"Capek's dialog is fantastic, his characters richly drawn. But his vision of a world transcendently captivated by an apparent higher calling and then hoodwinked into war for nine years over a source of fuel is so prescient, it makes the novel seem like it was written today."—Cara Hoffman, NPR's All Things Considered
"Capek's skewering of human greed and faith is all the more impressive given that the novel was originally published in 1922."—Pedro Ponce, Review of Contemporary Fiction
"Capek offers the tale of a machine capable of generating limitless energy that also releases the unknown spiritual essence locked within physical matter, with cataclysmic results."—Library Journal
"The Absolute at Large goes beyond the religious fervor of Nazism, foreshadowing the collectivization of Communism and the emergence of a free market too wide for any known West."—Village Voice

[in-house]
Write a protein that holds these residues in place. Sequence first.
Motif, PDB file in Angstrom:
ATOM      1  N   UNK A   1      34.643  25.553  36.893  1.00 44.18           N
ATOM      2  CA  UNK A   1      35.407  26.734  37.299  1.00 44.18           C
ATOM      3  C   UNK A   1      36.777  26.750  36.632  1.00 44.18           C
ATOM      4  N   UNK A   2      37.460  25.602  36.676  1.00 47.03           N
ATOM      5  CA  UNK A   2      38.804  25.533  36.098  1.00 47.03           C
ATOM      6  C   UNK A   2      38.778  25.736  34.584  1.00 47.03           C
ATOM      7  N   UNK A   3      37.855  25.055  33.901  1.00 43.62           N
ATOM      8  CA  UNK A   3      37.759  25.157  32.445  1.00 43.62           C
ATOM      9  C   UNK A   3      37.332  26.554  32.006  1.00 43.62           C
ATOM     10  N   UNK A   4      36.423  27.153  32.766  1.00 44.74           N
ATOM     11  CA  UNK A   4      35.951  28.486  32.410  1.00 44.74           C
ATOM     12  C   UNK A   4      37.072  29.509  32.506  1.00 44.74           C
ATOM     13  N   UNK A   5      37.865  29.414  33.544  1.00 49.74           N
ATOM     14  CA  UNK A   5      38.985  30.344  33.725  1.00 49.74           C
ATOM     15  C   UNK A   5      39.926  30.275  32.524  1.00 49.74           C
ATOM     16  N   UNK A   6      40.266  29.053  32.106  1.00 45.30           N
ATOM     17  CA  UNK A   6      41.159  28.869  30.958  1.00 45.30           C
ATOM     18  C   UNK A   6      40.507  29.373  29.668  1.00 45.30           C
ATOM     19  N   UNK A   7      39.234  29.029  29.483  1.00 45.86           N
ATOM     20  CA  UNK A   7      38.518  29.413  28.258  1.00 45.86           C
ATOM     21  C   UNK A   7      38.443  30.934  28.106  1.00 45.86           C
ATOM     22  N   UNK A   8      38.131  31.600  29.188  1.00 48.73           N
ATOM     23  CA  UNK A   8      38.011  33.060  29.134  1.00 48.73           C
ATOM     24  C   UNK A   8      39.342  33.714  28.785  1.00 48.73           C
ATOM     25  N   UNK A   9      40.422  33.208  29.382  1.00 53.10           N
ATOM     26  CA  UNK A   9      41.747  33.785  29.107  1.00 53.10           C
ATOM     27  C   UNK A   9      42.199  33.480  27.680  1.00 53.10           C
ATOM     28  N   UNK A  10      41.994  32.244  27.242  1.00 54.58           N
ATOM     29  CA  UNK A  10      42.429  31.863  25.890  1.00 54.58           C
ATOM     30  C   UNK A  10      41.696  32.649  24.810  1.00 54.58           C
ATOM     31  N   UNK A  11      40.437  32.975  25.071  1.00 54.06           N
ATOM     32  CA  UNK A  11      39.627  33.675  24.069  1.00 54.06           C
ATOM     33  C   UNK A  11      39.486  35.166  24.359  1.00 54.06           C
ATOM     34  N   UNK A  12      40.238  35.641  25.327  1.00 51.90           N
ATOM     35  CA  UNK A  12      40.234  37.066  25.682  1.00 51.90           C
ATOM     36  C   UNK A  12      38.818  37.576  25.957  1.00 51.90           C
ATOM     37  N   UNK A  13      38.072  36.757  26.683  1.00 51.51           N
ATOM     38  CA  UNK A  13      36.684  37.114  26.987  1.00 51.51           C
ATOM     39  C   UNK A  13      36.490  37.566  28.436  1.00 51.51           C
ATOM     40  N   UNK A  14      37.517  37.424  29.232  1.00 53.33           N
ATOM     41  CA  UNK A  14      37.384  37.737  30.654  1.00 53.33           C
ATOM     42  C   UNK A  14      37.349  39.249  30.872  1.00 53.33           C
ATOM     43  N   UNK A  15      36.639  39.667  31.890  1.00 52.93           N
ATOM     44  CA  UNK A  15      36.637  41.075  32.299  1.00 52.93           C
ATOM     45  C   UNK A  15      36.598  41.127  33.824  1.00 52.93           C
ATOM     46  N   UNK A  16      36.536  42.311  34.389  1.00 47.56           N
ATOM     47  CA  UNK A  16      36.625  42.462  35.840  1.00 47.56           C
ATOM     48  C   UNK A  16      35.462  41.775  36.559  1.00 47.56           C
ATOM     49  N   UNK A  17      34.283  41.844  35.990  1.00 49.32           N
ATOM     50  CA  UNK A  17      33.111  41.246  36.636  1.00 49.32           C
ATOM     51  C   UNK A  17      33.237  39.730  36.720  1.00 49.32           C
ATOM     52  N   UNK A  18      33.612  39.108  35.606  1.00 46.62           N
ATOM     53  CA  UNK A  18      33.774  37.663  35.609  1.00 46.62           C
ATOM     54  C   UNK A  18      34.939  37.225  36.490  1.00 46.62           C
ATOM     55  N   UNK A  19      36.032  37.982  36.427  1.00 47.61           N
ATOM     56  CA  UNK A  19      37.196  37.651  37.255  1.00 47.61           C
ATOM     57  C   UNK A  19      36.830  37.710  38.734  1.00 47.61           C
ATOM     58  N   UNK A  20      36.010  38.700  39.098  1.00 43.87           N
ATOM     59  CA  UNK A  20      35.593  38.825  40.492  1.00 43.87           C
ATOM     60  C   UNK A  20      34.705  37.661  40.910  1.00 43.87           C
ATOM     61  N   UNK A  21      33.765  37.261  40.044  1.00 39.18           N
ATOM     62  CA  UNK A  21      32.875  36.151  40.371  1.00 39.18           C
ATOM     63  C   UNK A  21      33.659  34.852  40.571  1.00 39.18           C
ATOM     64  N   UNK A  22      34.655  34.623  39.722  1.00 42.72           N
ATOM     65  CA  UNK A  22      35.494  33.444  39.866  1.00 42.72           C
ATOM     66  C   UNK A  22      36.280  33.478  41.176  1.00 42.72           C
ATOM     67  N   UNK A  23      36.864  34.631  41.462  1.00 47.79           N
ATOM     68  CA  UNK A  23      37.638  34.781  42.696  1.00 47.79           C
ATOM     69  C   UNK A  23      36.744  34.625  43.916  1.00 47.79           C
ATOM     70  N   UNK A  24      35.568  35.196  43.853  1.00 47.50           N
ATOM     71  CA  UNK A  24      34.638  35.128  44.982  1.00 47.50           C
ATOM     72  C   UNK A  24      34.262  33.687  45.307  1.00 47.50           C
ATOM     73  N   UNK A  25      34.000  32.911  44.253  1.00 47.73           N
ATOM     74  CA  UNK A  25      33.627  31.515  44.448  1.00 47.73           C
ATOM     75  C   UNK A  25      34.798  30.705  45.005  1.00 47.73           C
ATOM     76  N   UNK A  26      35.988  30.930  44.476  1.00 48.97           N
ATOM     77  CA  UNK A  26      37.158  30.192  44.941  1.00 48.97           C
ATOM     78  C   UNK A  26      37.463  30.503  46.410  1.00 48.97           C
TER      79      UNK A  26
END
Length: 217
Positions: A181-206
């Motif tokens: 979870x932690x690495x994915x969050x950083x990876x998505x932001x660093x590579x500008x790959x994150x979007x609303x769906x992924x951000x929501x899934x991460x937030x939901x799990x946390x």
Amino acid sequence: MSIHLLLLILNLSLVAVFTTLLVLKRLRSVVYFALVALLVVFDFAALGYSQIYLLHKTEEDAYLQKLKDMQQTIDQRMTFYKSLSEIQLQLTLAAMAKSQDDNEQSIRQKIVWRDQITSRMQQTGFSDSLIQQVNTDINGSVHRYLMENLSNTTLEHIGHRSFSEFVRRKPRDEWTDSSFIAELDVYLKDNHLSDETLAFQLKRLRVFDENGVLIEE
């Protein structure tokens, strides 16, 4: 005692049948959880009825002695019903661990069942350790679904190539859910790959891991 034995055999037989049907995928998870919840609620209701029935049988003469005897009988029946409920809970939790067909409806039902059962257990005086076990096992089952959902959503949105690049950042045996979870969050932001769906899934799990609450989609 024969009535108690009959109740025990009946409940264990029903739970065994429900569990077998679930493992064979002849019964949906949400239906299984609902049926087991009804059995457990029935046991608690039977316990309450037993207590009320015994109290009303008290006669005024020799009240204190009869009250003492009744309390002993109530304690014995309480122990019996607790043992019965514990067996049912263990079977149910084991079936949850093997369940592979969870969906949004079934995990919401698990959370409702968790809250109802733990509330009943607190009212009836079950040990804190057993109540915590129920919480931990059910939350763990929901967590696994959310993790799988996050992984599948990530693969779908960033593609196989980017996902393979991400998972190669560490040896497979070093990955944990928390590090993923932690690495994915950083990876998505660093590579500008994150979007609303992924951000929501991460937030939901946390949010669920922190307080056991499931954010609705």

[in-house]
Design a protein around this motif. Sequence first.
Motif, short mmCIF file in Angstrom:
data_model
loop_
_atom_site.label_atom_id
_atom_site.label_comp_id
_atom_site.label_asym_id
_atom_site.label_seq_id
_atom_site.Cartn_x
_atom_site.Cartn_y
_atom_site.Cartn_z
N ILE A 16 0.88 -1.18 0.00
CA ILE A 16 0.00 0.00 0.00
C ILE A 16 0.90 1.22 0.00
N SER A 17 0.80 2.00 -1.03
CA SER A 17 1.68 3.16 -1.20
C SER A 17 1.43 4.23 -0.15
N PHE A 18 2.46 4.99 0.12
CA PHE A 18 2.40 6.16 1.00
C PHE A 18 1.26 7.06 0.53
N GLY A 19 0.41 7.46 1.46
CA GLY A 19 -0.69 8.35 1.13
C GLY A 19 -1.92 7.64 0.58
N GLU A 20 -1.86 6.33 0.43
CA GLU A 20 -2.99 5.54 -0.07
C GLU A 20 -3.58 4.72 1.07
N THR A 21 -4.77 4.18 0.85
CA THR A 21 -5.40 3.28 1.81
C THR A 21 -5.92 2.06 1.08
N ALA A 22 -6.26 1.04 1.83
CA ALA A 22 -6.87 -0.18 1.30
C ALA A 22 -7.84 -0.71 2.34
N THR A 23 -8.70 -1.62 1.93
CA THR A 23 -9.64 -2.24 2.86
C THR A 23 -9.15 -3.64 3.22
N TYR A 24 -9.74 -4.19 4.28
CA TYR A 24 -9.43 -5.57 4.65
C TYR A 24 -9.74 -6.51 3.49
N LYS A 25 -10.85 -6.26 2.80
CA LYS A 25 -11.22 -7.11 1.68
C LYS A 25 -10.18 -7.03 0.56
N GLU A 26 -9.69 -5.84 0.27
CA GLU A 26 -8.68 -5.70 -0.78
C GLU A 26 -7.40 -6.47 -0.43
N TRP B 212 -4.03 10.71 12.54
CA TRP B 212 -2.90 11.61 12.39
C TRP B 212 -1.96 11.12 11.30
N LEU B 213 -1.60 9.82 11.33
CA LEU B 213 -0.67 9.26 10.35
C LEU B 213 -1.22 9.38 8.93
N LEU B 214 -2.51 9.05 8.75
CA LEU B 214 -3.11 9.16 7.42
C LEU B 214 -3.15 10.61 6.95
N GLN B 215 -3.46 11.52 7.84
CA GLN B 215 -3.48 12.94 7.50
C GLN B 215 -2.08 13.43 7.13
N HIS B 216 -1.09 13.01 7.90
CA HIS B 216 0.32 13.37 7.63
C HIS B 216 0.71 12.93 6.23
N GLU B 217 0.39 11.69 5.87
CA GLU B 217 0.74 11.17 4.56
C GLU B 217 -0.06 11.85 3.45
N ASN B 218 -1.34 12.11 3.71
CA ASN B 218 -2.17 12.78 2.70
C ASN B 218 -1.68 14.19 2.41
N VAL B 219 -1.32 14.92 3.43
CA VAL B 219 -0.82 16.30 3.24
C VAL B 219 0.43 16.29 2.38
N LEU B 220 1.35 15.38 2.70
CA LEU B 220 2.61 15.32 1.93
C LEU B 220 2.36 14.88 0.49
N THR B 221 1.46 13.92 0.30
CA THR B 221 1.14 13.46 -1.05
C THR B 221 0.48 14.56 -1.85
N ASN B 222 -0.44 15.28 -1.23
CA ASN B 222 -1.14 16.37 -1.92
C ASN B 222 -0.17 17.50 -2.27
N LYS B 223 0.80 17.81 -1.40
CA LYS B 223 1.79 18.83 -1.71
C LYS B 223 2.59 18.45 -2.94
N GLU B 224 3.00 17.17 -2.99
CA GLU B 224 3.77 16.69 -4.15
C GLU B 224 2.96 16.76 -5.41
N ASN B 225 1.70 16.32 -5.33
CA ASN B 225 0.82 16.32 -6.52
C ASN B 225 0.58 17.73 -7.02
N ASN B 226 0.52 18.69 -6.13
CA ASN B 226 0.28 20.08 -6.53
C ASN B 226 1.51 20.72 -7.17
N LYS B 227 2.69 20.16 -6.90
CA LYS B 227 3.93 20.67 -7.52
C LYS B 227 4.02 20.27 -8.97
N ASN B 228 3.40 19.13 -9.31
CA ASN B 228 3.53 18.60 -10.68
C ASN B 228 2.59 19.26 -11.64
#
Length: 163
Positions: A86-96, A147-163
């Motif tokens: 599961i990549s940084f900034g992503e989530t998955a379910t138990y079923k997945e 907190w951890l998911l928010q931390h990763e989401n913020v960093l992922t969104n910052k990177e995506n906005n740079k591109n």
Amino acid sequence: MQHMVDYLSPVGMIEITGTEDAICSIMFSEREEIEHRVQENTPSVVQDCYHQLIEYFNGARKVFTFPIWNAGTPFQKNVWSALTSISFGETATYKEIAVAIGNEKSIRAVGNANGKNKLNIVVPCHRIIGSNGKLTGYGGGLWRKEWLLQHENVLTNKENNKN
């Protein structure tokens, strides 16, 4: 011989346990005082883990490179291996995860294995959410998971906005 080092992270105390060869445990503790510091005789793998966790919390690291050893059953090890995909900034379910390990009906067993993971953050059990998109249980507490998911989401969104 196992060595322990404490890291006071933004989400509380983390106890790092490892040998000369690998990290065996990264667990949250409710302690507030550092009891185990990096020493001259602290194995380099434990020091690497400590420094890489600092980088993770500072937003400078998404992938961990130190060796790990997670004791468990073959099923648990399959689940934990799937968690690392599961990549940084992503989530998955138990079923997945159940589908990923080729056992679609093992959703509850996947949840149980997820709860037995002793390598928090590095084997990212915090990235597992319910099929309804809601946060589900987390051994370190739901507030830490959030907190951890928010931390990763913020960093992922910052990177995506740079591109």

"A satirical science fiction classic. . . . Though Capek wrote The Absolute at Large more than 80 years ago, it absolutely retains its wit and relevance today."—Donna McCrohan Rosenthal, News Review
(Donna McCrohan Rosenthal)
About the Author
Karel Capek (1890–1938) was an acclaimed Czech author of novels, plays, essays, political writings, and short stories. His works include R.U.R., the famous play in which Capek coined the word “robot.” Stephen Baxter is the author of several science-fiction works, including the Philip K. Dick Award–winning Vacuum Diagrams, and the coauthor, along with Arthur C. Clarke, of The Light of Other Days.